BikeRumor also reported the Driven system tests at 99 percent efficiency, meaning almost all your power is actually applied to the ride, not wasted. (Standard drivetrains ultimately waste energy as the chain begins to show signs of wear and tear. Not to mention sliding friction from the chain moving around the chainrings.)

CeramicSpeed: Next-Gen Bike Tech

CeramicSpeed has been at the forefront of experimental, ultra-efficient bike technology in recent years. Below, you can see its ceramic bearings spinning U.S. pro mountain biker Kate Courtney’s cranks super smooth and fast at last year’s Boston U.S. Cup race:

For those already looking to preorder the crazy new Driven system, you’re out of luck. It’s far from production ready. In conjunction with the Mechanical Engineering Department at the University of Colorado, CeramicSpeed has been developing the derailleur-free drivetrain for only nine months now.

Obvious challenges include the need for an entirely different frame with a higher chainstay, plus specific wheels for the rear cassette. It could also get even cooler. To reduce wear and tear, future versions will potentially involve integrating the driveshaft into the frame.

We’ll certainly be keeping an eye on the Driven concept as it develops. And we’ll watch to see if any industry leaders start experimenting with other new ways to look at the traditional drivetrain model.

The post Chainless Bike Driveshaft: CeramicSpeed Wows Eurobike appeared first on GearJunkie.

from – Outdoor Gear Reviews

SKULPT is a tiny, feature-packed synth for under $300


Modal Electronics

Ultraportable, inexpensive synthesizers are everywhere these days, including solid entries from Korg, Roland and IK Multimedia. Now, UK-based Modal Electronics (makers of high-end boutique synths) is looking to enter the category with a new under-$300 synth called SKULPT, which is set to go live on KickStarter July 13th.

The tiny SKULPT is a 4-voice polyphonic virtual analog synthesizer equipped with eight oscillators (per voice) and two waveforms that produce a wide variety of sounds. It has a host of control, too, with modes for monophonic, duophonic and polyphonic sounds, an eight-slot modulation matric, three envelope generators and two audio rate LFOs. There’s also a realtime sequencer that can record up to 128 notes with four parameters, an arpeggiator with octave, swing and sustain controls and a ton of filters and effects to tweak the resulting music. It’s got MIDI in and out, room to store 128 patches and 64 sequences and is powered either by USB or six AA batteries. The keyboard is touch-sensitive, which might make it a bit tough for players used to physical keys, but it is likely much less likely to break than a standard synth.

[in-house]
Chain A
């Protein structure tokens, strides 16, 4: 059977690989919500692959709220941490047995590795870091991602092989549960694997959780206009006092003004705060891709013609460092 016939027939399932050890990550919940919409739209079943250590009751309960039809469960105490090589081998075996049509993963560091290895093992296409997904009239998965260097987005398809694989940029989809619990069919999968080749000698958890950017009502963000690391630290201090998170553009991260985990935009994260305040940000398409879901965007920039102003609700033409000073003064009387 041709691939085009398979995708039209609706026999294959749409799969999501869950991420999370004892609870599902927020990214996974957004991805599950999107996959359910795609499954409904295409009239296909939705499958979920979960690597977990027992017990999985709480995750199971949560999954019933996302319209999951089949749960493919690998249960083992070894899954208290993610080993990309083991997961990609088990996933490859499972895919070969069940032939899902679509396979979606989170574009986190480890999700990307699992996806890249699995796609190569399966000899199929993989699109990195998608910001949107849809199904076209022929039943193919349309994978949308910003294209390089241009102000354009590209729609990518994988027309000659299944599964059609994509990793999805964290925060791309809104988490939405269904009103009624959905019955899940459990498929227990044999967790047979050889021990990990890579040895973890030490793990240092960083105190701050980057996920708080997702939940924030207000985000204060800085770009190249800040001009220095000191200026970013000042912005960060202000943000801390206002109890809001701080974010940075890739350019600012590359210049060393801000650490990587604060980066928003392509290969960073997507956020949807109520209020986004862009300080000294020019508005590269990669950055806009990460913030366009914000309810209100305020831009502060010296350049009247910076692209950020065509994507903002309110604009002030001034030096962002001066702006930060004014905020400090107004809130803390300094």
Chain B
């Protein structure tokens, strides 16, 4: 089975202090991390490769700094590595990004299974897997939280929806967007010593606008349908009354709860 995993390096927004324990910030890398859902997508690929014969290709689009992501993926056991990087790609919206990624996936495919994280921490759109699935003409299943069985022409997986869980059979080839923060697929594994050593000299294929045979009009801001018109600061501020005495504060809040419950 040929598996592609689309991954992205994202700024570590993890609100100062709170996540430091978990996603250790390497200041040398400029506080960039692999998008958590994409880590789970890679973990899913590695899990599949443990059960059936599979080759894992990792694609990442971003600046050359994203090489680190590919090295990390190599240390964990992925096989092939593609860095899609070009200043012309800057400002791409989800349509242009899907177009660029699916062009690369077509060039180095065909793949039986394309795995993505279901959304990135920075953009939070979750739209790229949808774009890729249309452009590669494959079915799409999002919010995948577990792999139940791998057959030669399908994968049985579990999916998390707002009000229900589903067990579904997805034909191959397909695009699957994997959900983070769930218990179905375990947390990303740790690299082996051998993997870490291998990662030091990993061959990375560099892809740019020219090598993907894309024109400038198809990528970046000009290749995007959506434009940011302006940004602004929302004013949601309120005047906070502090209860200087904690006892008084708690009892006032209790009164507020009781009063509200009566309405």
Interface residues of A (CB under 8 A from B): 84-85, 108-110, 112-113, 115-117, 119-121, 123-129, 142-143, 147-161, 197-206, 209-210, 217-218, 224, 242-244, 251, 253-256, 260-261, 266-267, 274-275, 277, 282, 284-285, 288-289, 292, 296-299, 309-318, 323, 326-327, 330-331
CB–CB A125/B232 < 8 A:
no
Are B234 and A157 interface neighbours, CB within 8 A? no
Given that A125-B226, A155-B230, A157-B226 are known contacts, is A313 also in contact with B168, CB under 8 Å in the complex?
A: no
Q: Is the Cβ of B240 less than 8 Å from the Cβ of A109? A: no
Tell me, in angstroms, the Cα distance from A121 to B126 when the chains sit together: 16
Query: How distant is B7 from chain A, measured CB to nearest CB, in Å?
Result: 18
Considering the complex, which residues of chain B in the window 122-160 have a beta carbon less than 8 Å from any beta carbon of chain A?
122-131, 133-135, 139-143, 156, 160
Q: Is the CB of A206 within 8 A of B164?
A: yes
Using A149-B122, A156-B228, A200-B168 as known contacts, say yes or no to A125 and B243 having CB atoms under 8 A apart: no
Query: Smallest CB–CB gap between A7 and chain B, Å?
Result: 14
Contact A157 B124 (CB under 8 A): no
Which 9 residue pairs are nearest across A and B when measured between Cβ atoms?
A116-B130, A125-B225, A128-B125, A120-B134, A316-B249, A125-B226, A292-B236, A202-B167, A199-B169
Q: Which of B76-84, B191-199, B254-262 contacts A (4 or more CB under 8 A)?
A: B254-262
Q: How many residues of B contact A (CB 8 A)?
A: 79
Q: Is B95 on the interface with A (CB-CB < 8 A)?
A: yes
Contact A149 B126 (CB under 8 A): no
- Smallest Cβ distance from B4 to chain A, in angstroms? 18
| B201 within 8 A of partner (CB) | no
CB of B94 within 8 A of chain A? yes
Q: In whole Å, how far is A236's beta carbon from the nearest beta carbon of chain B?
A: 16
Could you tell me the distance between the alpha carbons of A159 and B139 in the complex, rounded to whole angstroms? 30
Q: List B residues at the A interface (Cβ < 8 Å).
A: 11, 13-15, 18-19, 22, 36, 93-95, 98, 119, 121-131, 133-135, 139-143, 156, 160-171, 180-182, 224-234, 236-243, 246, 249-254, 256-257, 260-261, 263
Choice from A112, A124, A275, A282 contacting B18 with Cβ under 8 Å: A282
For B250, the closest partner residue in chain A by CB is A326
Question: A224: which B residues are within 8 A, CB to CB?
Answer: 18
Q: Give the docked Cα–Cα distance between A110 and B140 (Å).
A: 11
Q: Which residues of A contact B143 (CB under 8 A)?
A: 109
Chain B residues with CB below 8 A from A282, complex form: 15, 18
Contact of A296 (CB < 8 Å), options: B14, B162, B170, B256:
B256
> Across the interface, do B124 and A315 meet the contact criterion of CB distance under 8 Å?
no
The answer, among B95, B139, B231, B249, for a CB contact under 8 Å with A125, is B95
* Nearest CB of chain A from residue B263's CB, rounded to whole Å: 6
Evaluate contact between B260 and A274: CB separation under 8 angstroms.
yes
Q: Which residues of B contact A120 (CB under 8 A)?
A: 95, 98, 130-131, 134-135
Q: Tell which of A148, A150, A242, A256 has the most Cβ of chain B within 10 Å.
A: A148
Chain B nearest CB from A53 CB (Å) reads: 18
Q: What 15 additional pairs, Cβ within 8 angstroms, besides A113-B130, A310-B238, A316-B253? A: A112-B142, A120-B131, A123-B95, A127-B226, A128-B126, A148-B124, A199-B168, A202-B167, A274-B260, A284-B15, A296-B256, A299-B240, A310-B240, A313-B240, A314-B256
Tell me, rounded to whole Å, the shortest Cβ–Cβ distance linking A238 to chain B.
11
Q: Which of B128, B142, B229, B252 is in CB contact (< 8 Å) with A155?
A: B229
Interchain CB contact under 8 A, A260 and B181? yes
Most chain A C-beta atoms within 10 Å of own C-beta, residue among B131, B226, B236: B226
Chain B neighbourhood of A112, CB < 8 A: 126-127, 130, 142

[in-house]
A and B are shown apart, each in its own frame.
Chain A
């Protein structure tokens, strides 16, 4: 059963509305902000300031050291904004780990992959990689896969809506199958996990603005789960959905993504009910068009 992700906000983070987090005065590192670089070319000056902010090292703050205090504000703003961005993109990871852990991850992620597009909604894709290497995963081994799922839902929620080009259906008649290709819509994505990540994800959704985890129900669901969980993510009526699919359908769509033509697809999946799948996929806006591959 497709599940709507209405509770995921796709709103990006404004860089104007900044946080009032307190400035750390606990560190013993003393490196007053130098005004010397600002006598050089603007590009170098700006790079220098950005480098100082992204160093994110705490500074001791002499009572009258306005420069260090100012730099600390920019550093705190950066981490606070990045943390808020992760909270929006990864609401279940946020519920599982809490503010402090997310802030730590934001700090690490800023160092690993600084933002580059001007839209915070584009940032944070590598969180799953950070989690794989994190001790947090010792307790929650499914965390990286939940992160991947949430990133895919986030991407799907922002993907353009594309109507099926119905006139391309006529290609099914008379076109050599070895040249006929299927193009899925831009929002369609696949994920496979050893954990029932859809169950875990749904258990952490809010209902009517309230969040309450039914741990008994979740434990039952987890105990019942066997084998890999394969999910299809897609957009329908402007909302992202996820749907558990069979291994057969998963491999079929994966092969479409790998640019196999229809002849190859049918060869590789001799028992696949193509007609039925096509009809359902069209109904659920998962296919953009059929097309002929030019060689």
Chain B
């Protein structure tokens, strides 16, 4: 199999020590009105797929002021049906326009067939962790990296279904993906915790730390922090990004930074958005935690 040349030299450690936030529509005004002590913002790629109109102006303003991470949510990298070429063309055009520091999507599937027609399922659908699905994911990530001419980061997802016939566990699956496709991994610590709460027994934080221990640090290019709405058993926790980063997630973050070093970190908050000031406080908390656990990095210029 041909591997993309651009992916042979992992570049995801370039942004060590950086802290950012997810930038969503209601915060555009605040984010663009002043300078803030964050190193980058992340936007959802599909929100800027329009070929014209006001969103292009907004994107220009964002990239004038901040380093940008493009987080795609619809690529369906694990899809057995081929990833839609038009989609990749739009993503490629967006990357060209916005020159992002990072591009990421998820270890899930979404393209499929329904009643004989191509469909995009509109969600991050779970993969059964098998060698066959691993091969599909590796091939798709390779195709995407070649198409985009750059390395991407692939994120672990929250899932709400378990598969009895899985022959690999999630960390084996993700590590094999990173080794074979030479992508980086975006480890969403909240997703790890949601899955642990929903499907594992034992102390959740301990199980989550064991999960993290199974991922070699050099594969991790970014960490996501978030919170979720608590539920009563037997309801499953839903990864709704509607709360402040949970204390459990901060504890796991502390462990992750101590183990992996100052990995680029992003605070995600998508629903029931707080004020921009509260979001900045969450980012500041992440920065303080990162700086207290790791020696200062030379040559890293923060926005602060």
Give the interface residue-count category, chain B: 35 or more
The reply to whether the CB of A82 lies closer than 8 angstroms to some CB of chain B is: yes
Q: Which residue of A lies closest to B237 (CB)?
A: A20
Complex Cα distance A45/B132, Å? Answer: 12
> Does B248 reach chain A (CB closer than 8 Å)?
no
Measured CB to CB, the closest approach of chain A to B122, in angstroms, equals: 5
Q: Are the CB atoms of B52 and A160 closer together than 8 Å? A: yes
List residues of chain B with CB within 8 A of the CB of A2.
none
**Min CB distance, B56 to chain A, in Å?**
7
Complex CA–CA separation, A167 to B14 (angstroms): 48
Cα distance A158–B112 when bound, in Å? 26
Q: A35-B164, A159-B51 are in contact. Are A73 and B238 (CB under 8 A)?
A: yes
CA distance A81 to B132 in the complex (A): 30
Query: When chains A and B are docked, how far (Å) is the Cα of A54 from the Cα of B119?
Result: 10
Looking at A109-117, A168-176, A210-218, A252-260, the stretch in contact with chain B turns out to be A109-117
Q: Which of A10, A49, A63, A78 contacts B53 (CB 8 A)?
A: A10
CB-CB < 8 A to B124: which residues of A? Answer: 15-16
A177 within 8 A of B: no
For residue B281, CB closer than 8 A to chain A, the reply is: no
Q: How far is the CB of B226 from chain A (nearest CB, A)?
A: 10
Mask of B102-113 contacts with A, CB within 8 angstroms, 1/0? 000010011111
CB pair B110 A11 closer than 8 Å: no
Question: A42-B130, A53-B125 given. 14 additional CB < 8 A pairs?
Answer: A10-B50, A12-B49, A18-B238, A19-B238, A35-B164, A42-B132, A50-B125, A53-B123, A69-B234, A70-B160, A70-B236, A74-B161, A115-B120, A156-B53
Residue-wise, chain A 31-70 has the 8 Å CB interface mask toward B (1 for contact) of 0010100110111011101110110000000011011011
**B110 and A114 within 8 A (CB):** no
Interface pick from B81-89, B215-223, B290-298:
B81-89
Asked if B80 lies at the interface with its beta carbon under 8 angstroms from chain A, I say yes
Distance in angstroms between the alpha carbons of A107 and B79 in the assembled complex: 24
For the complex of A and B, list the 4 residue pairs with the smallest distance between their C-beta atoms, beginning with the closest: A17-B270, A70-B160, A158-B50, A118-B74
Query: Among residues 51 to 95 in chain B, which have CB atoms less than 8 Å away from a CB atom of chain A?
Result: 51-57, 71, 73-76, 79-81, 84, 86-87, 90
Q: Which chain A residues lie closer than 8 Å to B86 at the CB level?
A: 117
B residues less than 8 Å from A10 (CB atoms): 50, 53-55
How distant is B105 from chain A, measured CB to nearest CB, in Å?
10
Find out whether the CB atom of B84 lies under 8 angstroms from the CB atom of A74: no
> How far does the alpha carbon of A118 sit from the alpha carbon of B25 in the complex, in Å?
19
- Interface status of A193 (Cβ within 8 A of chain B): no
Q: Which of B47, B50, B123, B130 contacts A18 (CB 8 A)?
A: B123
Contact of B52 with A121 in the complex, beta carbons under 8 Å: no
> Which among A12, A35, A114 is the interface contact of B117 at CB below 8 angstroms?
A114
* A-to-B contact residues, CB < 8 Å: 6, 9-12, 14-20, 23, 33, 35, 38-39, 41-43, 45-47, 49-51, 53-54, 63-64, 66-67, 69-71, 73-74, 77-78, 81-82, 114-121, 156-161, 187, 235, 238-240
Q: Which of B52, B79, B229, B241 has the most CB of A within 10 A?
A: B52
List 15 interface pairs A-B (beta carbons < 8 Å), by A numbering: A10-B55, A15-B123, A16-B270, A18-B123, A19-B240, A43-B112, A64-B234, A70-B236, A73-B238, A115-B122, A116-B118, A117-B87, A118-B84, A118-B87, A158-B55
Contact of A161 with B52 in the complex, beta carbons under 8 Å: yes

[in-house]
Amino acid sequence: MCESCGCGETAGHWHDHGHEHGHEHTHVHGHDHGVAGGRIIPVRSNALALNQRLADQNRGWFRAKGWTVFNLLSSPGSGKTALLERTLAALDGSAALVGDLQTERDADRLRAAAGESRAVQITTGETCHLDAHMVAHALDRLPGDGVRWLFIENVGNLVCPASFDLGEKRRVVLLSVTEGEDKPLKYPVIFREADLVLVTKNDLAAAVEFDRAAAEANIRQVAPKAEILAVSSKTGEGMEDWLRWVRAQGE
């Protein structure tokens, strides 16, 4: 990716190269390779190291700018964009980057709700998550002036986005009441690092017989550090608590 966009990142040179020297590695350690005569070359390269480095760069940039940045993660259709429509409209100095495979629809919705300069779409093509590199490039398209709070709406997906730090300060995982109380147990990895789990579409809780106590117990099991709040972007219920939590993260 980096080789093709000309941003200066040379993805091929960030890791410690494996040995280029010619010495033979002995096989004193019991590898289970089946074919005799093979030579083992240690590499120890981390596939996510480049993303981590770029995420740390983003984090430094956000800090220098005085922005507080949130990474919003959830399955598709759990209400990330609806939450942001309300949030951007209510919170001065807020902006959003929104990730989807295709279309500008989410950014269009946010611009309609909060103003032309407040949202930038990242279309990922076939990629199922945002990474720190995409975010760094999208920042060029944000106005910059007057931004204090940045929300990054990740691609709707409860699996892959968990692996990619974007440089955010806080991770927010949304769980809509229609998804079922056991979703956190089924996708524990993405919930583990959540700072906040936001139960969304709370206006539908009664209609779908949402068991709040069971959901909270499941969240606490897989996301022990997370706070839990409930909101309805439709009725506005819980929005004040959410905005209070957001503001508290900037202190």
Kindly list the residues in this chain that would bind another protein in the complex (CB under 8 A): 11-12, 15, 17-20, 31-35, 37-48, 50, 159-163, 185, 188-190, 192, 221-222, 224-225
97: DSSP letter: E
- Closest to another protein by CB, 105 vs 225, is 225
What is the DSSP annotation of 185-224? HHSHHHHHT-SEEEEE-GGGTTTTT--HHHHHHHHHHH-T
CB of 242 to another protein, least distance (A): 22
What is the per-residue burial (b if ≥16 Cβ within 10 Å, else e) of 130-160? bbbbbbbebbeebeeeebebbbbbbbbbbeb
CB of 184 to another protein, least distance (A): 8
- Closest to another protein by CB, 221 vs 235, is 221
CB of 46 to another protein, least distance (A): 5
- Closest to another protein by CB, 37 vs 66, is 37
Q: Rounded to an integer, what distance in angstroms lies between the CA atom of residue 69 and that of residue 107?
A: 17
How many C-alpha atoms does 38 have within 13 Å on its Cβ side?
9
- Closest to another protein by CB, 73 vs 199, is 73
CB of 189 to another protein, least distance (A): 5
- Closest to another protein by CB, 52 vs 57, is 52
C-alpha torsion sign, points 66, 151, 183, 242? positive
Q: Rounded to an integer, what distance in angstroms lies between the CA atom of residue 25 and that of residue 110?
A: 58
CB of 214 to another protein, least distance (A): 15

from Engadget

Escape look-alike Ableton Live colors with these free themes


You stare at its interface for hours on end. Why not give your eyes something different to look at? Now Ableton Live 10, too, gets access to custom colors.

Judging by looking over people’s shoulders, a lot of Live users simply don’t know that you can hack into Ableton’s custom theme files and modify things. And so we’re all caught in drab uniformity, with the same color theme – both unoriginal and uninspiring.

Fortunately, we have Berlin native and leading Ableton Live guru and educator Madeleine Bloom to come to our rescue. Madeleine has long made some pleasing variations for Live’s colors. Now she’s got two new sets (with more on the way) for Ableton Live 10. Live 10 can still read your old color modifications, but because of some minor changes to the interface, files made for its new XML-based format will work better. (Ableton also changed the name from “skins” to “themes,” for some reason.)

Free Ableton Live Themes Set #1

Free Ableton Live Themes Set #2 [I spot a naming pattern here]

To install theme, follow this tutorial (for both Live 10 and Live 9 and earlier):

Ableton Live Tutorial: How to install new Skins

And if you think these colors aren’t quite right, Madeleine has also written a tutorial for creating your own themes or making modifications to these:

How to Create Your Own Ableton Live Themes & Free PDF Theming Guide

There’s even a link there to a graphical theme editor for Mac and Windows with previews, in case you don’t like editing XML files.

“But, Peter!” says you, “you’re just now a paid shill for Ableton, trying to force me to upgrade to Live 10 when I don’t need it!”

Why, you’ve just made me spit out some of this lifetime supply of Club-Mate soda that Ableton has delivered to my flat every day, you ungrateful readers! Of course, I can’t imagine why you wouldn’t upgrade to Live 10 — why, it’s The Future of Sound. Oh… wait, actually, that’s Native Instruments’ slogan. Sometimes I forget who I’m shilling for.

Anyway, if you are stuck on the clearly inferior and not-having-an-Echo effect Live 9 or earlier, Madeleine is nice enough to have you covered, too, with a whole bunch of skins for those versions. There are dozens of those, including various from readers:

And there’s an accompanying guide to making your own skins, as well.

Now, enjoy. I have to go lie down, as I think all this Club-Mate sponsorship has made me feel a bit lightheaded.

You’ll find a ton of resources for Live at Sonic Bloom, the site Madeleine runs. It’s a complete hub for information, which is way better than trying to navigate random YouTube uploads:

from Create Digital Music

Va-va-vroom! I think I’m in love.



I have had an obsession with automotive design since I was a kid and loved imagining what the future held in terms of wild new cars. Looking at the Tauro concept, I feel like it’s all of my childhood automotive daydreams wrapped up into one mean-looking machine!